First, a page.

The maximum amount you could exclude from your income for 2021 is $108,700. The limit will increase to $112,00 for the 2022 fiscal year. 

It’s important to note that this option only applies to countries with a tax treaty with the United States. Most countries have an active tax treaty with the United States, but you need to make sure before using this exclusion.

In order to qualify for the Foreign Earned Income Exclusion, you must meet all three of the following requirements:

  1. You must be a United States citizen or a resident alien. Resident aliens are individuals classified as permanent residents of a foreign country but aren’t granted citizenship.  
  2. You must have a qualifying presence in a foreign country. Qualifying presence status is granted by meeting the Bona Fide Resident Test (BFRT) or Physical Presence Test (PPT). The BFRT is met if you are a resident of a foreign country for an uninterrupted period that includes the entire tax year. This period runs from January 1st through December 31st. You are permitted to leave the foreign country for temporary trips, but you must return to the foreign country in a reasonable time. The PPT requires that you are physically present in a foreign country for at least 330 days during 12 consecutive months.
  3. You must have earned income originating from a foreign country. You will specifically need to receive earned income from a source that operates in a foreign country. Working for an employer or being self-employed are the most common examples of earned income. Receiving unearned income from foreign sources such as a pension, retirement benefits, alimony, or gambling is not considered foreign earned income.

What Constitutes a Reportable Foreign Financial Account?

Every United States citizen is required to file a Report of Foreign Bank and Financial Accounts (FBAR) if they meet the following criteria:

There is a somewhat broad definition of what constitutes a financial account, but it’s not too complicated. These are a few examples of the most common types of reportable financial accounts:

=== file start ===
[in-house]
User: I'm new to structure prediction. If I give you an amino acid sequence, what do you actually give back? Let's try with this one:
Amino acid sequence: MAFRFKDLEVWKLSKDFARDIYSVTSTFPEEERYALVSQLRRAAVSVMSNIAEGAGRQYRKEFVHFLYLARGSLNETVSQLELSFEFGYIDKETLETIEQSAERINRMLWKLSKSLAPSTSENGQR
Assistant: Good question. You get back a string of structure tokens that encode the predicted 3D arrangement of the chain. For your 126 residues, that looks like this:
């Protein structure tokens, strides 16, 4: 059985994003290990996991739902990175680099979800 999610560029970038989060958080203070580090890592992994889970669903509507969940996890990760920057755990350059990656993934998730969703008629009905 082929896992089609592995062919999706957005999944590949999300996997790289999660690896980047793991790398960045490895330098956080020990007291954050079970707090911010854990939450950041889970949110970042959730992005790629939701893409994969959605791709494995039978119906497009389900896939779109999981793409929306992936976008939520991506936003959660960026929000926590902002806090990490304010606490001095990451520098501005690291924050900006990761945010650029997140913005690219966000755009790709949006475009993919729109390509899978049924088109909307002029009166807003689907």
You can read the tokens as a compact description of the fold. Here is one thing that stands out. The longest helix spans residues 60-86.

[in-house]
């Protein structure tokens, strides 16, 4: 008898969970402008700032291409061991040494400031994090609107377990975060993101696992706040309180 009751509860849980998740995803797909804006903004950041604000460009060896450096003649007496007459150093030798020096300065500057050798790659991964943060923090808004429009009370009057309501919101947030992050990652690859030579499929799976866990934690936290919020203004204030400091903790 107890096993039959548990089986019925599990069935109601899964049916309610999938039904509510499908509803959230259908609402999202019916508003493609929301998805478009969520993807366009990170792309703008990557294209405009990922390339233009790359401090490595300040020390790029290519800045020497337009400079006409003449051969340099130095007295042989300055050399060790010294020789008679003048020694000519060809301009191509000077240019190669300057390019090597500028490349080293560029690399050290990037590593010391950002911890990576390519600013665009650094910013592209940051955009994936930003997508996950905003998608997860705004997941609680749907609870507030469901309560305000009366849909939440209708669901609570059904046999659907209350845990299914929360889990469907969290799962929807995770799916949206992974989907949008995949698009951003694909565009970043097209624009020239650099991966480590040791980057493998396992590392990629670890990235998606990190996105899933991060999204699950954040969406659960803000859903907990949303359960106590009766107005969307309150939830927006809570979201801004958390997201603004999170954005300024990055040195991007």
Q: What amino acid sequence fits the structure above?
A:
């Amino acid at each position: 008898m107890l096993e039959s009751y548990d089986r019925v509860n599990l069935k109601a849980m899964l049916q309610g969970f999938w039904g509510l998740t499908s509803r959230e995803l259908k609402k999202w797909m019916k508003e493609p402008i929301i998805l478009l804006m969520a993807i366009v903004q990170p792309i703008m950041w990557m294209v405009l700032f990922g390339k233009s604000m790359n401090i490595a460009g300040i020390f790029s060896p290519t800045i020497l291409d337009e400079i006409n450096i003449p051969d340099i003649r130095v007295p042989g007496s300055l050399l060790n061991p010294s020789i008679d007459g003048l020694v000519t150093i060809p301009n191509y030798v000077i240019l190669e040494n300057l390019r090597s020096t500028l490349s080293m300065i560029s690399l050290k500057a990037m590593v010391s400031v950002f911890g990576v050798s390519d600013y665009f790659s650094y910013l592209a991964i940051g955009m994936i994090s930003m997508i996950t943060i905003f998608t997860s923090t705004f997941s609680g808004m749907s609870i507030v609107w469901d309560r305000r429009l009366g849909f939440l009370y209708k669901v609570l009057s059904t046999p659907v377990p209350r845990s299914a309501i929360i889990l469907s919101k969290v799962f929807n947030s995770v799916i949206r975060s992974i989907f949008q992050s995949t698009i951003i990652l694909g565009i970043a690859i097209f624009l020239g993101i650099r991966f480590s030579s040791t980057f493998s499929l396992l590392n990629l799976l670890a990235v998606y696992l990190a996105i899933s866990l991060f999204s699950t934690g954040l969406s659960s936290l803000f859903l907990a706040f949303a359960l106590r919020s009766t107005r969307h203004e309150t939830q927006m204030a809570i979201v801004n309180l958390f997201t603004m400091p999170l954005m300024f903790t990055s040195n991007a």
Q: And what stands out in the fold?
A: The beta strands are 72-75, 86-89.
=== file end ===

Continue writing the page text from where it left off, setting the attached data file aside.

What Are the Penalties for Failing To Report Foreign Income?

Failing to file an FBAR in a timely and accurate manner may result in civil penalties being assessed by the IRS. If they determine this conduct to be “willful,” it could result in criminal penalties. The penalties are tied to inflation and will increase over time. In order to avoid these penalties, you should consult with a tax professional before filing your return. Otherwise, you could be at risk for the following penalties:

Additionally, there are potential criminal charges that might be applicable. Failing to pay the correct amount of your tax obligation relating to offshore accounts could lead to the following charges:

The Takeaway

As long as you are a registered citizen of the United States, you will be required to pay taxes and file an annual tax return. These requirements remain true even if you move halfway around the world. Fortunately, a few options are in place that can help prevent you from being taxed twice. 

You should talk with a tax professional to make sure that you are following all United States tax laws. Coast One Financial Group experts can help review your tax information and apply all relevant credits and exclusions. Failing to pay your share of taxes can result in serious fines and potentially a prison sentence. 

SOURCES:

Foreign Tax Credit Definition | Investopedia

Report of Foreign Bank and Financial Accounts (FBAR) | Internal Revenue Service

Receiving Social Security Benefits Abroad | Investopedia

Foreign Earned Income Exclusion Definition | Investopedia

Foreign Earned Income Exclusion – Bona Fide Residence Test | Internal Revenue Service

Do I Have to Report Income from Foreign Sources? | Investopedia

US Citizenship Based Taxation: Unique or Outrageous? | Tax News

Tax Treaty Definition | Investopedia

Physical Presence Test Definition | Investopedia